In Sudan, the Front Line is Everywhere



Photojournalist Mackenzie Knowles-Coursin accompanied Foreign Policy contributor James Verini into the battlegrounds of the Nuba Mountains, where the Sudan People's Liberation Army-North (SPLA-N) is fighting the government of Khartoum for a measure of autonomy from the Arab north. In this decade-long struggle -- seemingly the latest in Sudan's tortured history -- it is, as always, the civilians who pay the greatest price. In the border region of South Kordofan, an SPLA-N general tells Verini, "the front line is everywhere." Above, women carry water back to their homes as the sun rises over Yida Refugee Camp, just across the border in South Sudan. The United Nations High Commissioner for Refugees (UNHCR) is preparing for the possibility of a new influx of refugees from South Kordofan in the coming months as people flee increased fighting between the Sudanese Armed Forces (SAF) and SPLA-N. Dwindling food reserves have made the humanitarian situation even more acute.


Fadi, 13, stands outside his home in Tabanya, South Kordofan


The bike of a SPLA-N soldier outside Tabanya, South Kordofan. Bicycles, for those lucky enough to have them, are a favored mode of transport in South Kordofan. The rest walk


Ali, a SPLA-N soldier wears a uniform that still bears the vestiges of the yellow GOSS (Government of South Sudan) embroidery below the South Sudanese flag. The SPLA-N is a splinter group from the South Sudanese army that broke off after partition from Sudan in 2011. Sudan has criticized South Sudan for supporting the SPLA-N, a claim which South Sudan denies


Many soldiers decorate their guns with traditional beaded rings and wraps. Some wind copper wire around the barrel of their gun, an amulet they claim allows them to shoot enemies who have protective spells. The barrels of others bear small, beaded rings -- protective gifts given by loved ones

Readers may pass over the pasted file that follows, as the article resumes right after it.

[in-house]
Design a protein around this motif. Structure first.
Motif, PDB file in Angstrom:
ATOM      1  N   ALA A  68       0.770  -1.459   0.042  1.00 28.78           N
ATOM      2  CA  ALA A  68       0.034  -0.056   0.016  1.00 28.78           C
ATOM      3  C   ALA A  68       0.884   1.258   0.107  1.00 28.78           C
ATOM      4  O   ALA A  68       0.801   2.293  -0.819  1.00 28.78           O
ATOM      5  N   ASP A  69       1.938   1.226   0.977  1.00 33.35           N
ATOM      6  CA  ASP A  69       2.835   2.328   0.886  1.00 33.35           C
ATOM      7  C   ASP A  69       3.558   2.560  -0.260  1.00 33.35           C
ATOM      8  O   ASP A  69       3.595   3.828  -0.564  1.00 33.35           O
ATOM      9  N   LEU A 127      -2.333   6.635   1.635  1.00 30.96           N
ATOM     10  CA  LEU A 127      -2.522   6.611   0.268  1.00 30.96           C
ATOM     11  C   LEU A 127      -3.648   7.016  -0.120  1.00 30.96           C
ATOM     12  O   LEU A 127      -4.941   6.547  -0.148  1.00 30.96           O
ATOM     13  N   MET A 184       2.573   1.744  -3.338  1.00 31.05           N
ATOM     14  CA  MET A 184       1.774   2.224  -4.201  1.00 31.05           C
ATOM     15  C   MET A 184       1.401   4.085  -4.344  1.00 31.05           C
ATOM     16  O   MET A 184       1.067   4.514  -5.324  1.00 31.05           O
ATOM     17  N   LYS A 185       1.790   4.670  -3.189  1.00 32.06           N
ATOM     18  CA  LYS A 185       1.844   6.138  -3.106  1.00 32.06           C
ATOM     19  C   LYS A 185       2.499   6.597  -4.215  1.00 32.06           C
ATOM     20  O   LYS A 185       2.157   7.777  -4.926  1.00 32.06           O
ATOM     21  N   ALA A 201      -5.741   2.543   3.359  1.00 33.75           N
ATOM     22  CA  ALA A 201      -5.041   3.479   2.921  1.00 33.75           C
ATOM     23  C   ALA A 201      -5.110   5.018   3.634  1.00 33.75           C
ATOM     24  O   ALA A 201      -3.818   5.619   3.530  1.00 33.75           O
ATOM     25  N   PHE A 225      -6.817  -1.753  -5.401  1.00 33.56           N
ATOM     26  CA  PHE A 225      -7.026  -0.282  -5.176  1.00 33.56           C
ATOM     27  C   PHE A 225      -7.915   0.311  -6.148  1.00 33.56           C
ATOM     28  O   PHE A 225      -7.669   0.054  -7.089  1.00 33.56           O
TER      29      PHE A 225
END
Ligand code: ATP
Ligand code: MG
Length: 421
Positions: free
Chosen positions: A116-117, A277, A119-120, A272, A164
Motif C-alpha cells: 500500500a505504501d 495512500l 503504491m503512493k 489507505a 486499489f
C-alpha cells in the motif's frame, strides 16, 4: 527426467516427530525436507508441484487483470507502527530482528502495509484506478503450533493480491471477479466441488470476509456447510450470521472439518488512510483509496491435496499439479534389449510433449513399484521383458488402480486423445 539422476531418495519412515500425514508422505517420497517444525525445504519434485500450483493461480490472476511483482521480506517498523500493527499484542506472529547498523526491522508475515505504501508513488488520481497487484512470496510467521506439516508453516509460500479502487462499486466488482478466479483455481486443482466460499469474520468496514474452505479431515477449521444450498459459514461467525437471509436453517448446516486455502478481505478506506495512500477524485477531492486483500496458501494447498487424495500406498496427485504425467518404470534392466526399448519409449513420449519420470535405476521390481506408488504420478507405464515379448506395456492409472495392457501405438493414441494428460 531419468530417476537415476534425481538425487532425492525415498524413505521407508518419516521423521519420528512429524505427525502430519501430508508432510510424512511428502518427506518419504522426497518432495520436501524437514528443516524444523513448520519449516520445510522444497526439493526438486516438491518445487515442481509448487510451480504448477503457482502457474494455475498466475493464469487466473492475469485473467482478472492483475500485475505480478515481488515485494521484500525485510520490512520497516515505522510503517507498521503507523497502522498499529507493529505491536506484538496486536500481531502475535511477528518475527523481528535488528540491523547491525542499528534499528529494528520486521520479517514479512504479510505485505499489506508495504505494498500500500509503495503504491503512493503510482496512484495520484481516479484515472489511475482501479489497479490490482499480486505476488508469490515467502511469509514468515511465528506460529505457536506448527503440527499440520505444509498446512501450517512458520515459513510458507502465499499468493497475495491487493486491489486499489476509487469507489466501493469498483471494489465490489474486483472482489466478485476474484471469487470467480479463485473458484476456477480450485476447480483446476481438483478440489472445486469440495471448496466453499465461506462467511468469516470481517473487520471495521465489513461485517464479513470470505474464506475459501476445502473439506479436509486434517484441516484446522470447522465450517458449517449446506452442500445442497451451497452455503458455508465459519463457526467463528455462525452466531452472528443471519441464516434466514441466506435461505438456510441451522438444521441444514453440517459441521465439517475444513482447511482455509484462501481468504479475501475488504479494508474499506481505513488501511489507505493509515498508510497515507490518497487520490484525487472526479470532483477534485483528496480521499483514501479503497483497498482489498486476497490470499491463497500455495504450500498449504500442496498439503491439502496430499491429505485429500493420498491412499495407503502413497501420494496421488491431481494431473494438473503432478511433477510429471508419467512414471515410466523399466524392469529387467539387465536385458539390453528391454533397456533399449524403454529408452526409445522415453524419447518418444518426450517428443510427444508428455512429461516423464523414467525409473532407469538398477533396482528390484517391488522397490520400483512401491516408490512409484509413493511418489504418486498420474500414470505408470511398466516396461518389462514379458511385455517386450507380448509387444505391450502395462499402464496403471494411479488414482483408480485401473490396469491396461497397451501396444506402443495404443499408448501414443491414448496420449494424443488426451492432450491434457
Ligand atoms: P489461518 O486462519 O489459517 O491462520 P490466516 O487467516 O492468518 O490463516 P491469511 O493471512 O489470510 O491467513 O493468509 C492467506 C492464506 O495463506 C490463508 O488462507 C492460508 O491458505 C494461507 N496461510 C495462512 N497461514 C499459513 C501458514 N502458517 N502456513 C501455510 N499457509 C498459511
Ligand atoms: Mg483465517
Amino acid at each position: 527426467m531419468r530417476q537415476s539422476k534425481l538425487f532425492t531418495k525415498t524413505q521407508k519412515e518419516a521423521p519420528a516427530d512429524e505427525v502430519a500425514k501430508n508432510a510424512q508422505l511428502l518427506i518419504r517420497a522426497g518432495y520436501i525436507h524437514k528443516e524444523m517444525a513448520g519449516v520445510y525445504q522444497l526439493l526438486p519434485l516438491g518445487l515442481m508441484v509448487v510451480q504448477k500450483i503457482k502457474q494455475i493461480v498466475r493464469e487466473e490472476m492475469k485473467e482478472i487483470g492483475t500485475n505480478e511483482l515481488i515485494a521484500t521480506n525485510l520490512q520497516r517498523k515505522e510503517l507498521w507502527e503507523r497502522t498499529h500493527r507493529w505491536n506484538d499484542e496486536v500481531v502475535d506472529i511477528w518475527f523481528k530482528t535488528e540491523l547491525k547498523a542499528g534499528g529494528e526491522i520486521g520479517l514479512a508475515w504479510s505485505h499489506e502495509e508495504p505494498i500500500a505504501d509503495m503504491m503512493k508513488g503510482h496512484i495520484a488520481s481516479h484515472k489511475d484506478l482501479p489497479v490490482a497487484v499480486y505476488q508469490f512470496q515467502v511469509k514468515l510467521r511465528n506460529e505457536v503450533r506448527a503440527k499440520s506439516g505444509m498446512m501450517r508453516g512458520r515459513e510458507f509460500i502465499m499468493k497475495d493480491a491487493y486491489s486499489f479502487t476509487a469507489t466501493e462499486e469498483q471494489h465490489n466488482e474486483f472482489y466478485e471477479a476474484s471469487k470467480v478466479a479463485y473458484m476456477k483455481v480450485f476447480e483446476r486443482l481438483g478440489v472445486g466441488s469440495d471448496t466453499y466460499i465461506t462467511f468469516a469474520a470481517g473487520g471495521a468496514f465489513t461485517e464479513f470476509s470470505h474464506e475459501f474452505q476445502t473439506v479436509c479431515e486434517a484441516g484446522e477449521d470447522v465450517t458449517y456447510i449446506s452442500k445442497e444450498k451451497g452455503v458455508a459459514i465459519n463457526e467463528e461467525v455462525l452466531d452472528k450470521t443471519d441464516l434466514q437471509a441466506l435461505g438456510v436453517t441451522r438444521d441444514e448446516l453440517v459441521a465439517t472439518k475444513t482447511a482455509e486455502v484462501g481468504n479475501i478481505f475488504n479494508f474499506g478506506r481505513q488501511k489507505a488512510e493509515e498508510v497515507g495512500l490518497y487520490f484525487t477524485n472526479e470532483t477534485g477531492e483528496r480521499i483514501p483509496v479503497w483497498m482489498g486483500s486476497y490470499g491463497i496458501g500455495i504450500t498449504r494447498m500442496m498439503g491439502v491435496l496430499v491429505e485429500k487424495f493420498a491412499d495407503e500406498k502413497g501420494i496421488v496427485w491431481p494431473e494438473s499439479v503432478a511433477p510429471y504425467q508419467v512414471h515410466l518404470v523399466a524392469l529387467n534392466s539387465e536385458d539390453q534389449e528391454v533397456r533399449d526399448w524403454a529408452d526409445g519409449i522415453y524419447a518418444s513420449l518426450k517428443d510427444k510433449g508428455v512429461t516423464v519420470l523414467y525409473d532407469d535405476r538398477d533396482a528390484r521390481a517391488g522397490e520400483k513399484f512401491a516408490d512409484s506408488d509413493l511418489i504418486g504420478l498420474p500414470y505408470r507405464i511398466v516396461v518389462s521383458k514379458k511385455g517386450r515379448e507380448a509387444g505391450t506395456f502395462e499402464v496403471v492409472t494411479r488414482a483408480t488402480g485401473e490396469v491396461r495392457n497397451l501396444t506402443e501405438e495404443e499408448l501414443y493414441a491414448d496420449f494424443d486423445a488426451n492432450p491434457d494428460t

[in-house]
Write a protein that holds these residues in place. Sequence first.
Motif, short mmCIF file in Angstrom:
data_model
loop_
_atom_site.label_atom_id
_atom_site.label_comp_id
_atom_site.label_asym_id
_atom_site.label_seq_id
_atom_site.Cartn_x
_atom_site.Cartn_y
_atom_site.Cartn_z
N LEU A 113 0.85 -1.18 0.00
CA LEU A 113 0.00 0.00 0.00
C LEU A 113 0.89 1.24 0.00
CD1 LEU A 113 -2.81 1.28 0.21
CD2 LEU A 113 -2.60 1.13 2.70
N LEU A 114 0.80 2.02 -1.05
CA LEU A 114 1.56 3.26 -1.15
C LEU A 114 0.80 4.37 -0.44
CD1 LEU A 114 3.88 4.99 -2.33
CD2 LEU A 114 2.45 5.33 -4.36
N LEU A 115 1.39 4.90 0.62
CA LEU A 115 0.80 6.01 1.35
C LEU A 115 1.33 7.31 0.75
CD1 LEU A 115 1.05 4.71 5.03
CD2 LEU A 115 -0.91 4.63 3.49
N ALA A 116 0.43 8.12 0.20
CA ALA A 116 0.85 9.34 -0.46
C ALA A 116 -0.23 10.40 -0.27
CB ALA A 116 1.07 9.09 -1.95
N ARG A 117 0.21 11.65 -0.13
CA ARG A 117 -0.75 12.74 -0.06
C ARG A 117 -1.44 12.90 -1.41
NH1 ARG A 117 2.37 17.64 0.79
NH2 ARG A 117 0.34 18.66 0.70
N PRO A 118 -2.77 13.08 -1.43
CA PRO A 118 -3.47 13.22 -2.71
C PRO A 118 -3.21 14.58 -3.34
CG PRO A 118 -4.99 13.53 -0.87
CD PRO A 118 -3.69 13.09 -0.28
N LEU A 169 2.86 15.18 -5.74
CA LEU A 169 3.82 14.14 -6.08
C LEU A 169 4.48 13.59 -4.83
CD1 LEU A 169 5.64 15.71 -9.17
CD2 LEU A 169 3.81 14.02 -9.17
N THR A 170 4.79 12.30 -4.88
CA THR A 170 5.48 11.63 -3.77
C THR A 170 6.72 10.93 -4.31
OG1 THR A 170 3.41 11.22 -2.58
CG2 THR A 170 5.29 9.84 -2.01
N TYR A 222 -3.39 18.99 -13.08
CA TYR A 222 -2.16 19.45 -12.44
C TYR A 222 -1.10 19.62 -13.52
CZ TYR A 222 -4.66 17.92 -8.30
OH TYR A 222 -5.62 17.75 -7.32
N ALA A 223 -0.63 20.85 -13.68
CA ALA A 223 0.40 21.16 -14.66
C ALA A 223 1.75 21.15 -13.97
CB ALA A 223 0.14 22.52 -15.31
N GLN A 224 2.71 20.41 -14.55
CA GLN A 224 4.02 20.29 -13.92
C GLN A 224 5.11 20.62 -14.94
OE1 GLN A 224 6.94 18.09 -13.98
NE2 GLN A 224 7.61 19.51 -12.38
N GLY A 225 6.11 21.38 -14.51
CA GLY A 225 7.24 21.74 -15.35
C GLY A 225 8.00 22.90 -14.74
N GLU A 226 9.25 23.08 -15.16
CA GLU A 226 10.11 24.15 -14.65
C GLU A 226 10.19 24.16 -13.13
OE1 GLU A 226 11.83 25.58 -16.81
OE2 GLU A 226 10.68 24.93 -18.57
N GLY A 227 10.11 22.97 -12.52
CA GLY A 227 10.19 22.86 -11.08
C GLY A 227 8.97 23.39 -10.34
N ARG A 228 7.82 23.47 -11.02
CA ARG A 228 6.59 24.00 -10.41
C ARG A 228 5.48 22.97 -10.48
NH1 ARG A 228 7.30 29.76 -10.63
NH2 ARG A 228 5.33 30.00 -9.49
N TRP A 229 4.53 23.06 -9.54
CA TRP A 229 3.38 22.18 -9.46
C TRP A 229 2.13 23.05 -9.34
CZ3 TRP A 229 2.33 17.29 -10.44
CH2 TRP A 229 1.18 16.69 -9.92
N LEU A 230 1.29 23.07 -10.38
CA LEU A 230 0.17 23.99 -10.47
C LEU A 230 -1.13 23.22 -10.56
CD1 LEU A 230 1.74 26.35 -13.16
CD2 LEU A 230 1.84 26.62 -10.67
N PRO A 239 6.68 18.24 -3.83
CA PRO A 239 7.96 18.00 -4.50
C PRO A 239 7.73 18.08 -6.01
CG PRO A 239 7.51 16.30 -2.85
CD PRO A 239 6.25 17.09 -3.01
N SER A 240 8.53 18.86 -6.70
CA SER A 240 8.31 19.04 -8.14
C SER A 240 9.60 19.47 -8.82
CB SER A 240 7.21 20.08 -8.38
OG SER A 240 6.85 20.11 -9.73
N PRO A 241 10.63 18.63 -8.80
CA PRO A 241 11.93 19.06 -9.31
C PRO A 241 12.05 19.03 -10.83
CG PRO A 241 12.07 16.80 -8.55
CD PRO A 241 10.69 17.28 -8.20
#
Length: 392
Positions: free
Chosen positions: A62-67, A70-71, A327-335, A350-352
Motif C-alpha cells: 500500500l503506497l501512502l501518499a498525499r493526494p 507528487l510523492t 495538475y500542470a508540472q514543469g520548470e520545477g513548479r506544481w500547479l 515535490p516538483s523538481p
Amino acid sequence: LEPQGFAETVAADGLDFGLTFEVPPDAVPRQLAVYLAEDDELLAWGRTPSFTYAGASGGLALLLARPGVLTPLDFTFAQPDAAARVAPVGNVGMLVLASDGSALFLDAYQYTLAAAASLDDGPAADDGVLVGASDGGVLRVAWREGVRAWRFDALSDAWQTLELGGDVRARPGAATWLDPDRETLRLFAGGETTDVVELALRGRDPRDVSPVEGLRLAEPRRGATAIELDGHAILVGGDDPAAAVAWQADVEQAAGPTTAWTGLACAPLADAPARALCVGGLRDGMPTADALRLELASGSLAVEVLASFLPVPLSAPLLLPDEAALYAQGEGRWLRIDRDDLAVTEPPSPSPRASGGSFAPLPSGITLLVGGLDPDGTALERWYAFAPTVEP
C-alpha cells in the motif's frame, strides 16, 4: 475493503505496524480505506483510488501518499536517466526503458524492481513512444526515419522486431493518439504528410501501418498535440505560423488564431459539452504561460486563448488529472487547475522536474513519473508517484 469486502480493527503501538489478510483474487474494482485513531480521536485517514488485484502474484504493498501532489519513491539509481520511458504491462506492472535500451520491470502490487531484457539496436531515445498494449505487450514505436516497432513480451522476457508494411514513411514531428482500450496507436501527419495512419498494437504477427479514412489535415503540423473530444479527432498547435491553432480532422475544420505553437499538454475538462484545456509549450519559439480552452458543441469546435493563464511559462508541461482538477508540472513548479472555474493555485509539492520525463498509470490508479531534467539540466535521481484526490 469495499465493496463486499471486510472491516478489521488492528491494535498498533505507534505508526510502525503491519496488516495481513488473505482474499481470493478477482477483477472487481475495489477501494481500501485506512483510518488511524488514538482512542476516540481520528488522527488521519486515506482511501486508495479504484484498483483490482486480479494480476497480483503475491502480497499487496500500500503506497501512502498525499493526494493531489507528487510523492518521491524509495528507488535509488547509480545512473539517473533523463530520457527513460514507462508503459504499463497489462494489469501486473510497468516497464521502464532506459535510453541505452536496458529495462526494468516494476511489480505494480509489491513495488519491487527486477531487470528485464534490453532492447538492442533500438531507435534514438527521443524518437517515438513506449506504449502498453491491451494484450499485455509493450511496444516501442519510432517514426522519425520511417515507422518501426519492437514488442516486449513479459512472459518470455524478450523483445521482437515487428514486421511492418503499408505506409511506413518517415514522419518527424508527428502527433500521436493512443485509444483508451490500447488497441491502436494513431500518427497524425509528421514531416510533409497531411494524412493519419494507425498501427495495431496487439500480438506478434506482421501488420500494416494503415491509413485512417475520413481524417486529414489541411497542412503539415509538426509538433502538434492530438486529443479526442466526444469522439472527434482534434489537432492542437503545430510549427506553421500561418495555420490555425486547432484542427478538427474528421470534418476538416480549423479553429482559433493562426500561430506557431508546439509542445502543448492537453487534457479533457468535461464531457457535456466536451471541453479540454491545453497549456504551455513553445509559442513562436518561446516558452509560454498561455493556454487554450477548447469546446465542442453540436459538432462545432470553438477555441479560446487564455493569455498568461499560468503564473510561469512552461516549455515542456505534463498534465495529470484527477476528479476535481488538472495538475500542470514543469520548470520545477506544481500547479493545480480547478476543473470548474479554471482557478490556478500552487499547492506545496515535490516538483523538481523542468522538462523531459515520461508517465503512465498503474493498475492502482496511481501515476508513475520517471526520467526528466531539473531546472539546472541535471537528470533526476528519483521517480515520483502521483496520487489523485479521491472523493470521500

Mohammed, 41, Mustafa, 19, and Abdul Rahim, 23 (L to R), are all prisoners of war captured during the recent battle at Daldoko. "I wanted to end my life when I found out we were fighting Muslim brothers," professed Mustafa, "I asked to be shot." When asked what he wanted now, he confessed his desire to go home, but still felt he deserved to die. "God will not forgive me." Read more about their stories in James Verini's dispatch from Nuba


A mother and her two children rest in the shade of a rocky hillside crevice. Trying to escape the almost daily danger of bombings by SAF, many families have sought refuge in the myriad caves and fissures dotting the rocky mountainsides of South Kordofan


A man on a camel and a young boy on foot herd sheep along the road outside of Kurchi, South Kordofan


A SPLA-N soldier reaches for some bread and lentils cooling on the treads of a tank


A villager walks through the sight of a SAF tank captured by SPLA-N in a recent battle


A SPLA-N soldier rests in the shade of a truck at base in Daldoko, South Kordofan


Hasnah is from a village nearby Daldoko, but was recently forced to leave due to the heavy fighting


Farah's home near Daldoko was recently destroyed by SAF. She now lives nearby with a few other women who also fled


A group of boys watch as a World Food Programme (WFP) plane readies for an airdrop over Yida. Roads were washed out during the rainy season and WFP was forced to conduct two daily food drops, each of 30 metric tons of staple goods


Marsa, a refugee at Yida refugee camp, returns to her home after a WFP food distribution. Over the course of four days every month, WFP and partners deliver food rations to all 55,000 people currently in Yida. Some 14,400 people were served on this particular day


The flat land stretching around Kadugli, South Kordofan, is dotted by large rocky hills -- perfect places for soldiers to see what's happening in the distance


Ali, an SPLA-N soldier, takes a moment to rest as the afternoon sun eases into evening


A family cooks around a tree near Tabanya, South Kordofan


Men repair a truck tire under South Kordofan's big sky


In the battle for South Kordofan, civilians pay the biggest price


Foreign Policy